If you do wish to take the DIY route and approach Editors/Curators directly, be tactful and make sure you ‘have your house in order’ (i.e. get a verified Spotify Profile, have an active consistent Social Media presence, and be mindful of small things like your following:follower ratio – as a general rule, it probably shouldn’t be any lower than 1:1.5). Just like a Record Label or Radio DJ, most Curators for the larger Playlists will want to know you’ve already put some work in to develop a fan base and understand the importance of a strong web presence across multiple platforms (from Blogs to Social Media to YouTube). Even once all that is in place, don’t pitch your music right away – work on building a relationship with these individuals first. Find a route in, ideally one that is unrelated to your music. As an example, a few years ago there was a Music Exec I wanted to draw in to assist me on a project I was about to begin working on. I didn’t yet know them personally, and so instead of approaching them directly about it, I wanted to find an alternative way to establish relationship and familiarity first. Luckily at the time, I had a Music Seminar coming up – so I invited them to speak, and they accepted. A few months later, we were working on the project together – an unlikely result had I just went in cold from the gate. People feel a lot more inclined to engage once they feel like they know you – even if it doesn’t yield the response you want, at least you’re likely to get one (and at that point, a ‘no’ often means ‘not yet’ or just ‘not now’). The main point here is about finding a unique way to cut through the noise, and exercising patience and tact when it comes to relationship building.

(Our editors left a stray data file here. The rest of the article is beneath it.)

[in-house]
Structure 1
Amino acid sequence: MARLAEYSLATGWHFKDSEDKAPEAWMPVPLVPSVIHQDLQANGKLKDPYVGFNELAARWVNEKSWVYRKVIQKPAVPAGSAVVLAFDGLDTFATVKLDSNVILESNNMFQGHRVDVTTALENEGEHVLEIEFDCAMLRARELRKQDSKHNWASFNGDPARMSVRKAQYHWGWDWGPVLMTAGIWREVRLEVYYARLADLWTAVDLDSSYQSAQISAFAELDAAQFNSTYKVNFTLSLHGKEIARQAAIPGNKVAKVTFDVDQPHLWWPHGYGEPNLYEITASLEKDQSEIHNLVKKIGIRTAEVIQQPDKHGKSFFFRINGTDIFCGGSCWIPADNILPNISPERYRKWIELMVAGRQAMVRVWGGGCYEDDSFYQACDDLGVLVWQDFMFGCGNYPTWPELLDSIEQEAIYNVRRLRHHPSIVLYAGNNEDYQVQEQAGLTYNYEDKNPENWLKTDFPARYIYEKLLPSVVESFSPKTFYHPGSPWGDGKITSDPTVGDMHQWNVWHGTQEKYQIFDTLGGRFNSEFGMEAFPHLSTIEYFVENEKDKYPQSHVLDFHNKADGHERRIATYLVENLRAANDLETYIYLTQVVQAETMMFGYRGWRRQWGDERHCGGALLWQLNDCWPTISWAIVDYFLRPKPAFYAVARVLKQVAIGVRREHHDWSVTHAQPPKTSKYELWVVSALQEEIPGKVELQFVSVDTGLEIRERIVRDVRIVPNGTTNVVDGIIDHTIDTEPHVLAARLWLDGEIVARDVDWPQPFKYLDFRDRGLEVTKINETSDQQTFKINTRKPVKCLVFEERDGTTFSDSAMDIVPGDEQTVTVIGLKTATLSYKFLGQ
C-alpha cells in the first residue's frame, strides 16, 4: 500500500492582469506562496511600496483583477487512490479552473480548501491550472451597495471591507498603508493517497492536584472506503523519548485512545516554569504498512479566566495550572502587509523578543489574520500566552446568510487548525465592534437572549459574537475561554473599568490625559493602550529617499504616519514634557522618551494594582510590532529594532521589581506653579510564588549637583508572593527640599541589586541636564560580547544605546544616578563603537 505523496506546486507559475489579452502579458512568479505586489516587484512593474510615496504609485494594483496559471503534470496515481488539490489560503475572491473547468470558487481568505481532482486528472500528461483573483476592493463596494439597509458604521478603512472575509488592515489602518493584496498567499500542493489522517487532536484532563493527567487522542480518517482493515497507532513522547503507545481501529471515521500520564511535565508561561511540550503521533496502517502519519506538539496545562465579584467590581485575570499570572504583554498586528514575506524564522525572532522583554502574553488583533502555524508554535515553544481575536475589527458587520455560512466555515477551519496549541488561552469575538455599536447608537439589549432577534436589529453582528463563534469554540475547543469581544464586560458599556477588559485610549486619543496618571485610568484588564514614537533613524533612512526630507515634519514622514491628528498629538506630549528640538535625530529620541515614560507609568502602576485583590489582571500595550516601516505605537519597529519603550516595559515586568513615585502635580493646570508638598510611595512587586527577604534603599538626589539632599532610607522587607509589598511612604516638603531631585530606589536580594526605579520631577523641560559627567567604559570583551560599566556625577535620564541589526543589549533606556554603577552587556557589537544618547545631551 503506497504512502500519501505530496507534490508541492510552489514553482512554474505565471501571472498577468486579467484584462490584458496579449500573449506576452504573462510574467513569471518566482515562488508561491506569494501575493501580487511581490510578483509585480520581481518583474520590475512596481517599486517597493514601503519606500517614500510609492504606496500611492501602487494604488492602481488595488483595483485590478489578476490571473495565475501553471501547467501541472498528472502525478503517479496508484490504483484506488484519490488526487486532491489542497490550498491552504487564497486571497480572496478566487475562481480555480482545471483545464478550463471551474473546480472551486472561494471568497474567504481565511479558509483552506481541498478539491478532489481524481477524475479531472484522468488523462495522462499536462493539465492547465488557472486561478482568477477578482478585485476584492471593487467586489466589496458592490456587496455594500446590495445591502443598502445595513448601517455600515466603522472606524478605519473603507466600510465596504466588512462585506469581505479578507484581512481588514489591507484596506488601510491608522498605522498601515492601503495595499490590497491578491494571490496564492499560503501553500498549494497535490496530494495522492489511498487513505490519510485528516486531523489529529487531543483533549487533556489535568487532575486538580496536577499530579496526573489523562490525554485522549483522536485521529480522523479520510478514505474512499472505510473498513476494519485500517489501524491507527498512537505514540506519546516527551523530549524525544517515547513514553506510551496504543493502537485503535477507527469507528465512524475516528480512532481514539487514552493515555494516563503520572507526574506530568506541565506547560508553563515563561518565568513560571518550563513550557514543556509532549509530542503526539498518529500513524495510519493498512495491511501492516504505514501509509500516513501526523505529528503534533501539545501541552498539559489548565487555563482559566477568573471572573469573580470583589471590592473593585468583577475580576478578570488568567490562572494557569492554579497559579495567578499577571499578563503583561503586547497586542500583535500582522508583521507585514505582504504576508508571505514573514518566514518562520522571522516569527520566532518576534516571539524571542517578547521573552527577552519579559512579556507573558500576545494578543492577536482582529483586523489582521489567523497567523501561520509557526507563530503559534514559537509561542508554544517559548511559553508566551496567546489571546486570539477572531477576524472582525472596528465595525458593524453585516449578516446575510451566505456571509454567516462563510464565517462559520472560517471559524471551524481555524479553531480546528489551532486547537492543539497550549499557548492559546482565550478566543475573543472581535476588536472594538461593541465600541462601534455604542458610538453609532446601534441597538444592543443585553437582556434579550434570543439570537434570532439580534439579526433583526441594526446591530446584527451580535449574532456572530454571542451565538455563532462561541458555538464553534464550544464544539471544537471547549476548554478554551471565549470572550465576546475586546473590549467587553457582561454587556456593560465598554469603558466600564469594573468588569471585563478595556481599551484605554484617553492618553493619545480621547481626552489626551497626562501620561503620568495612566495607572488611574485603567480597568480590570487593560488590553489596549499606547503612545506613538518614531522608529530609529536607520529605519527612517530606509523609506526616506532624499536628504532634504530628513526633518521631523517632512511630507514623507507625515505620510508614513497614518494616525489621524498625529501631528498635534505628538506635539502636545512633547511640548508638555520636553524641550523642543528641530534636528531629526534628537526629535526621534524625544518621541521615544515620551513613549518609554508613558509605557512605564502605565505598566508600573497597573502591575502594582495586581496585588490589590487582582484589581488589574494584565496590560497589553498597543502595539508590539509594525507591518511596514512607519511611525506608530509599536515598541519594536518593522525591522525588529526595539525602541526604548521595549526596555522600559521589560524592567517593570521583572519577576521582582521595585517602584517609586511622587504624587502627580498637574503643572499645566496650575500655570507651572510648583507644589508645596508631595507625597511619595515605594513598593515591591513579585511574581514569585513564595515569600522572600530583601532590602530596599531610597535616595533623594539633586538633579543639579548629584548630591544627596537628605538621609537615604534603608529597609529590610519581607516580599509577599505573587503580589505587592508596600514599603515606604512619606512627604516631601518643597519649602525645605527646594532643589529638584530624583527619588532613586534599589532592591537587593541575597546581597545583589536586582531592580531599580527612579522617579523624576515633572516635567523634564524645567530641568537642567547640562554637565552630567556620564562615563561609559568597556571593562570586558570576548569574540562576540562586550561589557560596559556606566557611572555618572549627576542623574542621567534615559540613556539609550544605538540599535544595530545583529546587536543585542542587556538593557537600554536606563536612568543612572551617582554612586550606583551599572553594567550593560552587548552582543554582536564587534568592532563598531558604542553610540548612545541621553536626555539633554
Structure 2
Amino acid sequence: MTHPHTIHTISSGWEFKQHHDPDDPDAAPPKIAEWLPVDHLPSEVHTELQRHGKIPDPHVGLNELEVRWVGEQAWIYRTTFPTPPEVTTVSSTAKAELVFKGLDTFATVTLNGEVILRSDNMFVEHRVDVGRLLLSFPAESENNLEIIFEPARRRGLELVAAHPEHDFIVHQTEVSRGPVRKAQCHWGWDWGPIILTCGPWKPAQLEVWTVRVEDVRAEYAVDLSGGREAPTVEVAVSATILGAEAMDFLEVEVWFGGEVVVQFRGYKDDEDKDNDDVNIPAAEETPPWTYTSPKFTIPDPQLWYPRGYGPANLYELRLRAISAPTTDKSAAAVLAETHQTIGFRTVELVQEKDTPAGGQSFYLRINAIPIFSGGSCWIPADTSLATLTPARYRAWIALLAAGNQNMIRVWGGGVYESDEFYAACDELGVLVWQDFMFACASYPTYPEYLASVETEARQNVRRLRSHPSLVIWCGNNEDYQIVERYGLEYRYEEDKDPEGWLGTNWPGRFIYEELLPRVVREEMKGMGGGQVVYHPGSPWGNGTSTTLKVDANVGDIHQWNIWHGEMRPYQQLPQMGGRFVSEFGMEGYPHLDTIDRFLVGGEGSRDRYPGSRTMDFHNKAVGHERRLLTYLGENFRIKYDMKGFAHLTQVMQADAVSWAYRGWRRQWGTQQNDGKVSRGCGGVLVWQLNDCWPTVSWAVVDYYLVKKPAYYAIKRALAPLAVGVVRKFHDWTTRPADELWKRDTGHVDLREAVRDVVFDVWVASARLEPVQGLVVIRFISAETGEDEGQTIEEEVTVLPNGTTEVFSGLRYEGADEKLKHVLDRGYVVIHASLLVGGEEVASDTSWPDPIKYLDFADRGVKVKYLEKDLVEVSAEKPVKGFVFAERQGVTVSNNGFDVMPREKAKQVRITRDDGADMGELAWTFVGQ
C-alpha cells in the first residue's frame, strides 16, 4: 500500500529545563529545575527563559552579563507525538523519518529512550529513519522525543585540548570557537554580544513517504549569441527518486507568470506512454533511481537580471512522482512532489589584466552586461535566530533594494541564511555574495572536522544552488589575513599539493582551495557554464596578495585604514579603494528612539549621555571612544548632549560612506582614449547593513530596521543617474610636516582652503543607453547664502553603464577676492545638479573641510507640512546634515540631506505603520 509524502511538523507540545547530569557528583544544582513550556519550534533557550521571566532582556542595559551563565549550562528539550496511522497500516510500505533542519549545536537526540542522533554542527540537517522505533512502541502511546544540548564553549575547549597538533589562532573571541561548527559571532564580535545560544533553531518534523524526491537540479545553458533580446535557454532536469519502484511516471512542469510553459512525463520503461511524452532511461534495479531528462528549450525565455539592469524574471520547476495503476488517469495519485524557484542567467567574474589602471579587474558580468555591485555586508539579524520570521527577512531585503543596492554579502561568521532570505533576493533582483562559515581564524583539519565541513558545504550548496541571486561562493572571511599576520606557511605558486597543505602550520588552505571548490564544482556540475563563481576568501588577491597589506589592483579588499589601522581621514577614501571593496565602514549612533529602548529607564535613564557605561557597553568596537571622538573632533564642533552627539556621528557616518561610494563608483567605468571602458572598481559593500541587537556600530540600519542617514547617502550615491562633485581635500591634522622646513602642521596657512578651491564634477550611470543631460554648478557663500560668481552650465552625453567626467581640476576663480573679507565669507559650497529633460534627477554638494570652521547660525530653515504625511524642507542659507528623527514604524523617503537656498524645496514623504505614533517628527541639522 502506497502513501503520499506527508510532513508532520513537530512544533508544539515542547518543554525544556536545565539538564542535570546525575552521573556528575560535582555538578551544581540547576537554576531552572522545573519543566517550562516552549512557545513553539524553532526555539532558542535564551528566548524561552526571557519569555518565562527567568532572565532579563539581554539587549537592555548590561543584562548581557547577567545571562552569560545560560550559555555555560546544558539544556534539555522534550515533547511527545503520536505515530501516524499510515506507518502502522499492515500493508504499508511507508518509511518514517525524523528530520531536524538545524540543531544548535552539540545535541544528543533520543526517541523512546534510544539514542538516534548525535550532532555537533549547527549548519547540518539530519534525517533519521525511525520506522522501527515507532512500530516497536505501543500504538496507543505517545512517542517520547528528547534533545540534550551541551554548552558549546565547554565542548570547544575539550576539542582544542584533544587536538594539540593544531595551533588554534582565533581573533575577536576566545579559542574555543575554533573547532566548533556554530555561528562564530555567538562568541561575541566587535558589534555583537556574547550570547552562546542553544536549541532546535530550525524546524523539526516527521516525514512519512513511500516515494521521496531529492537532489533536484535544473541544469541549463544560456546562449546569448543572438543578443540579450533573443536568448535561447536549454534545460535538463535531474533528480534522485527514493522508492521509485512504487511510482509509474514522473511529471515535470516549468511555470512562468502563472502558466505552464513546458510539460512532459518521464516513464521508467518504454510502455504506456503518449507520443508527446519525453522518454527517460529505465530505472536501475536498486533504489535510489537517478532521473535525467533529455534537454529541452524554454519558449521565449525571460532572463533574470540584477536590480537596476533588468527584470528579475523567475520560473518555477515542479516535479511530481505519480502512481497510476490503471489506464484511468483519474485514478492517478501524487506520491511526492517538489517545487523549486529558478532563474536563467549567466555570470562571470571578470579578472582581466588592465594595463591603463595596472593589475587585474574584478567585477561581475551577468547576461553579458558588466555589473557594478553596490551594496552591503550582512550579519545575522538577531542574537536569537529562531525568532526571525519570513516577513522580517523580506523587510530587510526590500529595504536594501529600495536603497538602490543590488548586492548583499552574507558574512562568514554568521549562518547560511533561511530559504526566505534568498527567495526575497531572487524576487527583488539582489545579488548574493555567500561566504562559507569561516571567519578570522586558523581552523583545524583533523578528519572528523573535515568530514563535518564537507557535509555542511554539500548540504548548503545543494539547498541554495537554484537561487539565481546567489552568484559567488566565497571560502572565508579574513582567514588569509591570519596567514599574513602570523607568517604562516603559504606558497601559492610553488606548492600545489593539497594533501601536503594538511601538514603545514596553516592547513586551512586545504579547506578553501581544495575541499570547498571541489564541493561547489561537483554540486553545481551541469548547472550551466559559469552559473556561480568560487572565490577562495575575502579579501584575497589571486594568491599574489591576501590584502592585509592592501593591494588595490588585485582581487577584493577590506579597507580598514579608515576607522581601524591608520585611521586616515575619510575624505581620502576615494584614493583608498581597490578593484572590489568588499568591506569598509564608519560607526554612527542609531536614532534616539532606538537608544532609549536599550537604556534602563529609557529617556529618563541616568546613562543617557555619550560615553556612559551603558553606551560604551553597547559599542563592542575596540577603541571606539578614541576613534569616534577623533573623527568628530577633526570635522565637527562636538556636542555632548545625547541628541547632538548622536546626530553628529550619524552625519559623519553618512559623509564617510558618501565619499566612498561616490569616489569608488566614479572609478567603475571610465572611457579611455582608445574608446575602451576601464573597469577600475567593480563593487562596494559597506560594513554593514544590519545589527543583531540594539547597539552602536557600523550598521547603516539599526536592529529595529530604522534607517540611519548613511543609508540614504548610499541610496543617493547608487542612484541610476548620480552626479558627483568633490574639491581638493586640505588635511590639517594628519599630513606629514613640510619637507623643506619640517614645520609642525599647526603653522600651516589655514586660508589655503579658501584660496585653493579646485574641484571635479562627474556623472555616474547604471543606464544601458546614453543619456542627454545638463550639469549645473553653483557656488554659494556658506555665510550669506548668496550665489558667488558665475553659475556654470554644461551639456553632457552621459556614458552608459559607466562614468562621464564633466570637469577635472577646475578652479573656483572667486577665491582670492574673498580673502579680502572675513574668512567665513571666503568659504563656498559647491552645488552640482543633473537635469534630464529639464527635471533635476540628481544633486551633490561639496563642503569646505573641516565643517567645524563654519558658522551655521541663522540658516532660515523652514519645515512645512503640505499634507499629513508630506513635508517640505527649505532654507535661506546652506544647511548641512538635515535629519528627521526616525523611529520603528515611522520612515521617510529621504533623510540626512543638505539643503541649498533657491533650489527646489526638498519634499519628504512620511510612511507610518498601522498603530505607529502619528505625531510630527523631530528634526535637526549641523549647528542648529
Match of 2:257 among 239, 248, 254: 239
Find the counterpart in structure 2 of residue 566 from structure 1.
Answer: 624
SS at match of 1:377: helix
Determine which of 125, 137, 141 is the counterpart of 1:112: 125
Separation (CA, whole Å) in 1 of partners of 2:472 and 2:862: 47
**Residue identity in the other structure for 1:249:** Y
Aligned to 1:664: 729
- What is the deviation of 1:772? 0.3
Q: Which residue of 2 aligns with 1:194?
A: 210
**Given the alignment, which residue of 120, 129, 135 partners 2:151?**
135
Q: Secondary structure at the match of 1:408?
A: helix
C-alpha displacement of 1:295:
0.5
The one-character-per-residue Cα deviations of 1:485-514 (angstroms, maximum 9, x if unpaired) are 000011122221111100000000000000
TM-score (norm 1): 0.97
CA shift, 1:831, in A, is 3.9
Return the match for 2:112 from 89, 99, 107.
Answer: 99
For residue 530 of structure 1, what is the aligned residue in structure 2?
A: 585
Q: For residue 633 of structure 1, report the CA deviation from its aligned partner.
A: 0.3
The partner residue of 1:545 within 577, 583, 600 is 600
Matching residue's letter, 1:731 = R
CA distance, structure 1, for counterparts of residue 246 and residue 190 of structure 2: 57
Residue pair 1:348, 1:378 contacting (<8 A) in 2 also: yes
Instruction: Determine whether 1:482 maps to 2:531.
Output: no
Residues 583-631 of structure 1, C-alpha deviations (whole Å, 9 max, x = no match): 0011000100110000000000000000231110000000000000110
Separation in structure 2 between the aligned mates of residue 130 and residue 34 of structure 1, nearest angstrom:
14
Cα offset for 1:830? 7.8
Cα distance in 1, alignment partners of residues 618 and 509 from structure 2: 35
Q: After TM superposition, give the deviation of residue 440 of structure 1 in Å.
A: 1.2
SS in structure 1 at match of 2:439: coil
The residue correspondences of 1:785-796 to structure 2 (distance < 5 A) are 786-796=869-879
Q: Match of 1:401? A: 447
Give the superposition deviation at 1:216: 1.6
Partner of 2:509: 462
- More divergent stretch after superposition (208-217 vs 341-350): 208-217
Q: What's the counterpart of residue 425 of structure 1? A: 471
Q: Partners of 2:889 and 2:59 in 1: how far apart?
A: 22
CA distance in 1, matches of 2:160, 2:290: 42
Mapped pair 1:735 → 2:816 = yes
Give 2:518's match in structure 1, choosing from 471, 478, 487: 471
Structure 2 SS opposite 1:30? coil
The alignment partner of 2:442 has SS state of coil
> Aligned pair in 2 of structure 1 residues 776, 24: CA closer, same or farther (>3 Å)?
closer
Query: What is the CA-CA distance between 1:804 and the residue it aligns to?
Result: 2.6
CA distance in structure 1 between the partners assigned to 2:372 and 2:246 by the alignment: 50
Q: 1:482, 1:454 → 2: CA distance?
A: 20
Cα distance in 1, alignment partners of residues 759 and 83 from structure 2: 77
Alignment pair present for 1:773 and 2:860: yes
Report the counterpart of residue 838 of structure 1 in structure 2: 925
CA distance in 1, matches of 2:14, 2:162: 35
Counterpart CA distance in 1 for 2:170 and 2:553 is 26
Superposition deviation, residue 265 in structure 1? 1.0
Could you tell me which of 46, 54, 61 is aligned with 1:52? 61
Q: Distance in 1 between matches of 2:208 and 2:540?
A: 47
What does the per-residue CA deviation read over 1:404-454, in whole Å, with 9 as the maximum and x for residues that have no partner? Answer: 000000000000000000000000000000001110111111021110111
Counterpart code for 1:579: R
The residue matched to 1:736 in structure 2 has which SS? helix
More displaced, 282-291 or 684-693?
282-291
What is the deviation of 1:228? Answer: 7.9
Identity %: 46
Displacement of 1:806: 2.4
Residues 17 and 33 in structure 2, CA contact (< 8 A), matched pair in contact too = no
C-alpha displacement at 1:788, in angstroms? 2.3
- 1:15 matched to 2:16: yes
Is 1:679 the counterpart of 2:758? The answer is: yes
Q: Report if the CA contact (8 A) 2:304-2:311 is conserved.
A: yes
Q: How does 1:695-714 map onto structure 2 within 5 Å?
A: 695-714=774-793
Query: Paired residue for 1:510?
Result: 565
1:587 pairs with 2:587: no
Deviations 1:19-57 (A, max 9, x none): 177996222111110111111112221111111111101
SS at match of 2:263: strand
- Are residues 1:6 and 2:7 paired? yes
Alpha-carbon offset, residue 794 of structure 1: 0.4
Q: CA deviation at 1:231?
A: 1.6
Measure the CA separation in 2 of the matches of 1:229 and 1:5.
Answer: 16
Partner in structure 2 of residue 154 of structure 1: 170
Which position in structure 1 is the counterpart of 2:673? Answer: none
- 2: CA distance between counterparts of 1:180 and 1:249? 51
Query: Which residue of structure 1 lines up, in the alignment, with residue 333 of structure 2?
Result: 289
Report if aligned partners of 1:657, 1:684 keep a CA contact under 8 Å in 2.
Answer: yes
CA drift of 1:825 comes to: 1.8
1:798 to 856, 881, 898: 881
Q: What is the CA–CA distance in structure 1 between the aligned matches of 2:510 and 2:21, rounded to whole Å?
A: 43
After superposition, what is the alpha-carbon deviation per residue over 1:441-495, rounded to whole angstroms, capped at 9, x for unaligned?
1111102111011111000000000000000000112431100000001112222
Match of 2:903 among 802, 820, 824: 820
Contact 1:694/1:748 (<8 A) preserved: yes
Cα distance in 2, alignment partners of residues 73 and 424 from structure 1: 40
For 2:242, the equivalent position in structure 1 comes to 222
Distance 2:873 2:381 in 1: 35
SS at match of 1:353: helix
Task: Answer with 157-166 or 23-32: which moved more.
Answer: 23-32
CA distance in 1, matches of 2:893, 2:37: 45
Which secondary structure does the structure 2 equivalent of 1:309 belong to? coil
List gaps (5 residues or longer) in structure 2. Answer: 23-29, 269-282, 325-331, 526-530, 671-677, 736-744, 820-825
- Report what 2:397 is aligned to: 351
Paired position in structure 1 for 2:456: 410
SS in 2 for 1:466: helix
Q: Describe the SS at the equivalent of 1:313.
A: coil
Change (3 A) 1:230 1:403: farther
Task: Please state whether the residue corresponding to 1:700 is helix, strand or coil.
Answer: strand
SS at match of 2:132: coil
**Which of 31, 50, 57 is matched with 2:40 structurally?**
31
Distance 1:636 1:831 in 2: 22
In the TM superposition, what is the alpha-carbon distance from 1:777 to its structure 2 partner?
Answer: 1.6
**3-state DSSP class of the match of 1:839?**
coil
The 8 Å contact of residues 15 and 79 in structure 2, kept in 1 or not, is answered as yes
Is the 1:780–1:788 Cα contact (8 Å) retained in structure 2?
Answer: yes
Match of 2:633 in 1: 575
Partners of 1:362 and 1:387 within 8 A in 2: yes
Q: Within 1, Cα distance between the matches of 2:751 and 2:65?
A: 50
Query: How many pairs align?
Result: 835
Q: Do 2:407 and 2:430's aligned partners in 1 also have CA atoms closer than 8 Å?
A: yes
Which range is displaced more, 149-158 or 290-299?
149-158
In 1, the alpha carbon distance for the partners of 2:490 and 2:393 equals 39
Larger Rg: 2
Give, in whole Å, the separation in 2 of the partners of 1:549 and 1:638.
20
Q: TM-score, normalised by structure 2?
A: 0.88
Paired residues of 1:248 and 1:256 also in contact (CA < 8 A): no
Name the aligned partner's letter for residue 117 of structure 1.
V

How this all links into Radio Airplay, goes back to a point I mentioned earlier. In the same way ‘the internet has become the new A&R’, streaming has become the new ‘radio’ – and thus, a key decider of what gets regular rotation on traditional radio (i.e. AM/FM/DAB/Satellite). In other words, Radio is responding to what’s going on the Streaming world. As a result, if you’re release is not generating significant streams or being featured on prominent playlists, you can pretty much forget trying to impact Radio – which would be a big loss considering that it is still the highest form of New Music Discovery.
To help you get started, here are links to some of the most prominent Christian & Gospel Spotify Playlists:
- Gospel by Dwayne Perryman Jr. [51.8k Followers]
- Spread The Gospel by Spotify [320.3K Followers]
- Top Gospel Hits by SOZO Playlists [101k Followers]
- Christian Rap Playlist by Rapzilla [23.1k Followers]
- Christian Dance Party by Spotify [201.4k Followers]
- Christian Mix by Spotify [132.8k Followers]
Follow them and put them on your list as ‘ones to target’ – once you’ve established your online presence. Again, I’ve focused on Spotify in this piece just as an example, but playlists on services like YouTube, Apple Music and even Soundcloud should also be considered.
In the next ‘Timely Tips’, we’re going to look into getting Christian & Gospel Music featured in TV & Movies. Surprising to some, not only does this methodology pay very well, it is also the third highest form of New Music Discovery – above Social Media, Streaming and Press Coverage. Until then, feel free to reach out to me directly for assistance and consultancy regarding the above and more. I can be contacted via my website (link in profile, below).
Until next time…